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BoccaLupo, where pasta happens

BoccaLupo ramen

BoccaLupo ramen

Freud said there were two essential human instincts — Eros and Thanatos, sex and death. But BoccaLupo chef-owner Bruce Logue proves there is a third: Noodleos, a compulsion deep in our souls that tells us to bury our faces in bowl after bowl of his delicious pasta.

Logue understands the primeval pleasure of pasta like no other cook I know. All pasta. He appreciates the chewy tug of dried macaroni that you chase and spear with your fork, the silk of fresh fettuccine that you twirl and inhale, the crisp edges and steamy pockets of baked cannelloni. His menu — a few antipasti, a few desserts, an entree special or two but pasta, pasta, pasta — is a love song to the endless possibilities that start with flour and water.

In her four-star review of the Inman Park restaurant last September, Jenny Turknett said that BoccaLupo “had the makings of Atlanta’s next great restaurant.” It’s already there if you’re just taking into account the sheer pleasure you get from eating here.

Would you like a rundown of our last meal? Glad to provide. We began with my must-have starter — Roman-style fried cauliflower with mint, capers and Meyer lemon, the bulky but light-on-the-arteries dish you want before you lose yourself deep in pasta love.

Something called “surprisingly good kale” spoke to us from the menu, and it was: spicy, toothsome, salty, licked with fat and set atop squares of fried polenta with pickled shrimp.

My daughter, who could eat nothing but Southern and Japanese food for the rest of her life, couldn’t resist the BoccaLupo ramen. These chewy, squid-ink-black noodles come in a collard green and pork stock with the greens, a poached egg and boiled peanuts. You could see the light touch and soulful layering of flavors before taking a bite.

White lasagna

White lasagna

I got the crispy white lasagna – dozens of thin layers of pasta flecked with béchamel and finely ground meat, served in a mile-high slice that had been seared to a crisp in a hot skillet. It came over a luscious fontina fondutta sauce with a bright scattering of dressed watercress for contrast. My kid and I Iaughed; it looked like we had each other’s order. We were happy to share, unwilling to trade.

Where does Logue get his ideas? He takes some. His black spaghetti with hot sausage and shrimp comes courtesy of the New York restaurant, Babbo, where he used to work, and the lasagna is a version of the 100-layer lasagna served at Babbo’s sister, Del Posto. I wouldn’t be surprised if others came from the various restaurants he trained at in Italy.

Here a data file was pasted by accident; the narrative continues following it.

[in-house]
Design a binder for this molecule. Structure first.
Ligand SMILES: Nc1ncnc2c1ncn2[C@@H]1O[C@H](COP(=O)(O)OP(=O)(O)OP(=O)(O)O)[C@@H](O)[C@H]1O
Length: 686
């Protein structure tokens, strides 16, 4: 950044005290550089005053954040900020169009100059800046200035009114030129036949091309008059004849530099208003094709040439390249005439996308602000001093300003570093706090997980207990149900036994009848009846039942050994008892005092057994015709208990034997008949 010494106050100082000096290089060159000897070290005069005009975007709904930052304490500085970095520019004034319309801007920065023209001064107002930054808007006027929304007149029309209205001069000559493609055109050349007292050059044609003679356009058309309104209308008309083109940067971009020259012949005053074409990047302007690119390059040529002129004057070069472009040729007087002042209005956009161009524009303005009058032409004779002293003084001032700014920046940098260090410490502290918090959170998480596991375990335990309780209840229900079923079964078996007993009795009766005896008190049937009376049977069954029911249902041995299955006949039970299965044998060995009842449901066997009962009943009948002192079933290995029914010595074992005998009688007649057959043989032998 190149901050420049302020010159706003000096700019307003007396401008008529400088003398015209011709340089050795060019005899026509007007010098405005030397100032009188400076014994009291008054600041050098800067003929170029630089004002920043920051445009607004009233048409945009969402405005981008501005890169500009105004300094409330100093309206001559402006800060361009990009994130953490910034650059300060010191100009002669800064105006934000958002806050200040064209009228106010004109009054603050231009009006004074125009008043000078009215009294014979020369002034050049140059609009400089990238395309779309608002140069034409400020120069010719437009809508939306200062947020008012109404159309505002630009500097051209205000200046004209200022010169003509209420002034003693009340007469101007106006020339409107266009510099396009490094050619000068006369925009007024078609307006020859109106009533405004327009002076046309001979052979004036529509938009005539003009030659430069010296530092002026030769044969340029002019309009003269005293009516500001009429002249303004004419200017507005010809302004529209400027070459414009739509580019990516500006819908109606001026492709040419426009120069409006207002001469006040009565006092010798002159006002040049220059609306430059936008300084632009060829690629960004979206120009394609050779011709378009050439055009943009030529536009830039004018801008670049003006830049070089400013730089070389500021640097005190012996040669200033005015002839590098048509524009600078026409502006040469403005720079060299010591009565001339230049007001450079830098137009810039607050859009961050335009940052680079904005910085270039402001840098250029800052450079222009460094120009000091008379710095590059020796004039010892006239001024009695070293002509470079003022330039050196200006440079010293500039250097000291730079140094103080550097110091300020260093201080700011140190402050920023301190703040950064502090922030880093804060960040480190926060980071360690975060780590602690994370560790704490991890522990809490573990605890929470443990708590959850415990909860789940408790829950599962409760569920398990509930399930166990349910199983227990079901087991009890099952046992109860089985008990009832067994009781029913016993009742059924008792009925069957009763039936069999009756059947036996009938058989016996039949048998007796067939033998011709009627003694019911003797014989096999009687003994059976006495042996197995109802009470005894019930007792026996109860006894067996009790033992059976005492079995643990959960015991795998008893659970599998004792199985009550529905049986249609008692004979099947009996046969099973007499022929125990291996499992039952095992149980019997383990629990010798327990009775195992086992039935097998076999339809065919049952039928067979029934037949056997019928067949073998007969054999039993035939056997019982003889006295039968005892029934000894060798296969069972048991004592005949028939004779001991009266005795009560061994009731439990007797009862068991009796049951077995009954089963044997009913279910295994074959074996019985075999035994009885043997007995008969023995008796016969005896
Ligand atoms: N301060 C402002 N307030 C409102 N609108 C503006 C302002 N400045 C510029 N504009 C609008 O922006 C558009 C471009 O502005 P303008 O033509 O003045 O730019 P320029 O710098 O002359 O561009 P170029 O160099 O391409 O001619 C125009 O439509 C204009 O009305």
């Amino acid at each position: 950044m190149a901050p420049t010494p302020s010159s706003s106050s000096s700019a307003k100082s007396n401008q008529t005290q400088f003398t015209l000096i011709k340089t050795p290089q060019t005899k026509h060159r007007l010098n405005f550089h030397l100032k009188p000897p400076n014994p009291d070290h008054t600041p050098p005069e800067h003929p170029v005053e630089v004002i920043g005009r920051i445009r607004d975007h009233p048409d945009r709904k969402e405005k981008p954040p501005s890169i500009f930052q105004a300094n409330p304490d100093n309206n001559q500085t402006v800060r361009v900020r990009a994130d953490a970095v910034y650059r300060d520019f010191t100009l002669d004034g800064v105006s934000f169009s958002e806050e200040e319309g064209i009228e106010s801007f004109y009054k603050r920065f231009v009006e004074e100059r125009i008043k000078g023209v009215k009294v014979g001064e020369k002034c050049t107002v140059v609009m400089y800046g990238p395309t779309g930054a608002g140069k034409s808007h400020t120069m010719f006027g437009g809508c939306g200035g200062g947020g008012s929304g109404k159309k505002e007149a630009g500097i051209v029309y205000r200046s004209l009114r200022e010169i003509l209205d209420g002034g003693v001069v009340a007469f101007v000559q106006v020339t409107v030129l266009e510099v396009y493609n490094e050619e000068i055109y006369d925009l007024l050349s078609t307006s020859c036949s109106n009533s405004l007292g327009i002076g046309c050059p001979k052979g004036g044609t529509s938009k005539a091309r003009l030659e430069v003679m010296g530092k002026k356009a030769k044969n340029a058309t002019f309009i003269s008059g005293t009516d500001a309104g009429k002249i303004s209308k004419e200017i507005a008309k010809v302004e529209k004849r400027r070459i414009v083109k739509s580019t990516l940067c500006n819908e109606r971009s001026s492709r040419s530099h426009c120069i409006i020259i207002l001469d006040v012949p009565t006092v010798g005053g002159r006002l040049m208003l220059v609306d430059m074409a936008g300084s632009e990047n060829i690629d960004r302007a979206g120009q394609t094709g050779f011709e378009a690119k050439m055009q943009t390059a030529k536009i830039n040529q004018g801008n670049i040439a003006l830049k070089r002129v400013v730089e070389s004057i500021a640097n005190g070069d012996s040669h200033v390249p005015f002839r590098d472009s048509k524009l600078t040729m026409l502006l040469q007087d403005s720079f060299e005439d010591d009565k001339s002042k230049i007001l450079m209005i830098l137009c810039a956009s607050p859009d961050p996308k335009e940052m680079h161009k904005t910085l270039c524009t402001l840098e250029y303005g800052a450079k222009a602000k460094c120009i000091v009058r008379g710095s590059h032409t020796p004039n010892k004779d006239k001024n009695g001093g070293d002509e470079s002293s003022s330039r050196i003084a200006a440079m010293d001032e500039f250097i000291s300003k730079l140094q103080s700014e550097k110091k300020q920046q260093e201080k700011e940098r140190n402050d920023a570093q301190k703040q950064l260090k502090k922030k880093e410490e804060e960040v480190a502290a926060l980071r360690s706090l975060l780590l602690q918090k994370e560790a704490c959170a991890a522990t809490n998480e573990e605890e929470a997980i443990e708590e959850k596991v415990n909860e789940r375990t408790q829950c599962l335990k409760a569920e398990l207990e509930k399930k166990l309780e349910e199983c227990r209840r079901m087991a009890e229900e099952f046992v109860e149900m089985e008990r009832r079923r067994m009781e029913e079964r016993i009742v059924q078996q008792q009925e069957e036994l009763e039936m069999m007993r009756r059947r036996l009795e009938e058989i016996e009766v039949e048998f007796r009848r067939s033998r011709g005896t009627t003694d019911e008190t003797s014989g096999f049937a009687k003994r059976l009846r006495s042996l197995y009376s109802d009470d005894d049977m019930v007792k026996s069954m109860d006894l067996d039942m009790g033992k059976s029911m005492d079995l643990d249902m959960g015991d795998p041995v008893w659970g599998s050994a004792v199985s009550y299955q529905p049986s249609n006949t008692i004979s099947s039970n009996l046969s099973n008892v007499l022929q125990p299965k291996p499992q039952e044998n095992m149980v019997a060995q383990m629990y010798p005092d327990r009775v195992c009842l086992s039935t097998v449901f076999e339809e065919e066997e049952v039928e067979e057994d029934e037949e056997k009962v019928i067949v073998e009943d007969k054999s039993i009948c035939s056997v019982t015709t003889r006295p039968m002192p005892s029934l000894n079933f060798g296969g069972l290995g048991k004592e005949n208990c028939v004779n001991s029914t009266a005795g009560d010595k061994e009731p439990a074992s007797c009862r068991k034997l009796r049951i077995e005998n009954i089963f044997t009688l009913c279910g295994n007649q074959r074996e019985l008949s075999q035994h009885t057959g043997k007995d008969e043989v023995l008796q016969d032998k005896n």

But it all comes from the heart. One bite, and you know this. Logue may pay silent tribute to his mentors, but it’s all in service of giving you that moment with a bowl of his pasta. You and your noodles. Eros and Thanatos can take a hike, you’re busy eating.

- by John Kessler for the Food & More blog

6 comments Add your comment


February 6th, 2014
12:04 pm

You’re killing me — the second review today I’ve read about them. I wish I could get a decent weekend reservation or they were opened on Sunday.

John Kessler

February 6th, 2014
12:28 pm

Ah, here’s my trick. Go early and eat at the bar. It’s a great eating spot, and it doesn’t fill up until well past 7.


February 6th, 2014
5:17 pm

Fantastic write up. In my opinion the best part about this restaurant, other than the pasta, is what i heard from a friend. She told me that it was started by the chef with little outside investment. No corporate or investor group money, just friends and family coming alongside a chef who had saved up his money and was trying to fulfill a dream.

I dine out a lot and know a fair amount of people in the industry. This is unusual. It is the exception to have a good restaurant open and succeed and not have a PR machine, a bunch of capital to smooth out the slow nights, etc. Its refreshing to see this type of restaurant in Atlanta.

It’s a obvious that the food stands tall and the soul in Boccalupo is more than enough. Most restaurant concepts and management have a lot of the other pieces but it’s the heart and soul that is often lacking. Maybe i eat out too much and can tell when it’s there and when its not.

Thanks to Ria for having the discernment and wisdom (I also heard she was very particular about who would be the successor to Sauced) to get a deal done with Logue. Her mural on the exterior wall of Boccalupo and her legacy in Inman Park continues on in so many ways.

Can’t wait to get back to Boccalupo soon.


February 9th, 2014
9:46 am

Thanks for the tip, John. I’ll have to try the bar on my next date night.


February 12th, 2014
2:13 pm

I’ve been going to BoccaLupo for a while. It’s reservation only most likely unless you want to sit at the bar. Great drink menu as well. Here’s my tip: get the pasta sampler and a few appetizers if you are one of the party of 2. Pasta sampler is not on the menu and is only known to people who know it. Great value for three pasta dishes and one appetizer. I like to be surprised at a restaurant rather than being served upon my choices sometimes, so I really liked their pasta menu.

Inhibition | MAVENETTE

February 13th, 2014
8:25 am

[...] – much more. I could even get a (Southern-style) ramen kick there, hopefully as interesting as John Kessler described it on the Food & More Blog. Yet Cliff Bostock’s experience trying the 4-course tasting menu is my fantasy come to [...]